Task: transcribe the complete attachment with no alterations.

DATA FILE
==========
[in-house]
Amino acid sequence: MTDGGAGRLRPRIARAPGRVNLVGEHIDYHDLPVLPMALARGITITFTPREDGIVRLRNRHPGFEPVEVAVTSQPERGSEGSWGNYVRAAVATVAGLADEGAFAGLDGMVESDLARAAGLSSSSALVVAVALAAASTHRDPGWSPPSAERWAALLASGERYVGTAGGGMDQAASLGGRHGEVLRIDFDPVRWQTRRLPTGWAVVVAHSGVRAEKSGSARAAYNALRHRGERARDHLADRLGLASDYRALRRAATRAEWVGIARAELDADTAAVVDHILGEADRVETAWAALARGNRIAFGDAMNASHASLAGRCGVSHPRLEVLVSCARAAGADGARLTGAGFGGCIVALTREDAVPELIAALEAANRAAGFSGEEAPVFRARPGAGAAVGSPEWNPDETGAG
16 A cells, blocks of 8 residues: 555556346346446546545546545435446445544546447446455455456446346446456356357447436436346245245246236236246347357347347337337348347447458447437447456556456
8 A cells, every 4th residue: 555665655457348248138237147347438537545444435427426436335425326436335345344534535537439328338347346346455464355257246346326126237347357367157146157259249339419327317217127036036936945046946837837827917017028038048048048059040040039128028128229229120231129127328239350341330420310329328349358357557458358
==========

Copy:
[in-house]
Amino acid sequence: MTDGGAGRLRPRIARAPGRVNLVGEHIDYHDLPVLPMALARGITITFTPREDGIVRLRNRHPGFEPVEVAVTSQPERGSEGSWGNYVRAAVATVAGLADEGAFAGLDGMVESDLARAAGLSSSSALVVAVALAAASTHRDPGWSPPSAERWAALLASGERYVGTAGGGMDQAASLGGRHGEVLRIDFDPVRWQTRRLPTGWAVVVAHSGVRAEKSGSARAAYNALRHRGERARDHLADRLGLASDYRALRRAATRAEWVGIARAELDADTAAVVDHILGEADRVETAWAALARGNRIAFGDAMNASHASLAGRCGVSHPRLEVLVSCARAAGADGARLTGAGFGGCIVALTREDAVPELIAALEAANRAAGFSGEEAPVFRARPGAGAAVGSPEWNPDETGAG
16 A cells, blocks of 8 residues: 555556346346446546545546545435446445544546447446455455456446346446456356357447436436346245245246236236246347357347347337337348347447458447437447456556456
8 A cells, every 4th residue: 555665655457348248138237147347438537545444435427426436335425326436335345344534535537439328338347346346455464355257246346326126237347357367157146157259249339419327317217127036036936945046946837837827917017028038048048048059040040039128028128229229120231129127328239350341330420310329328349358357557458358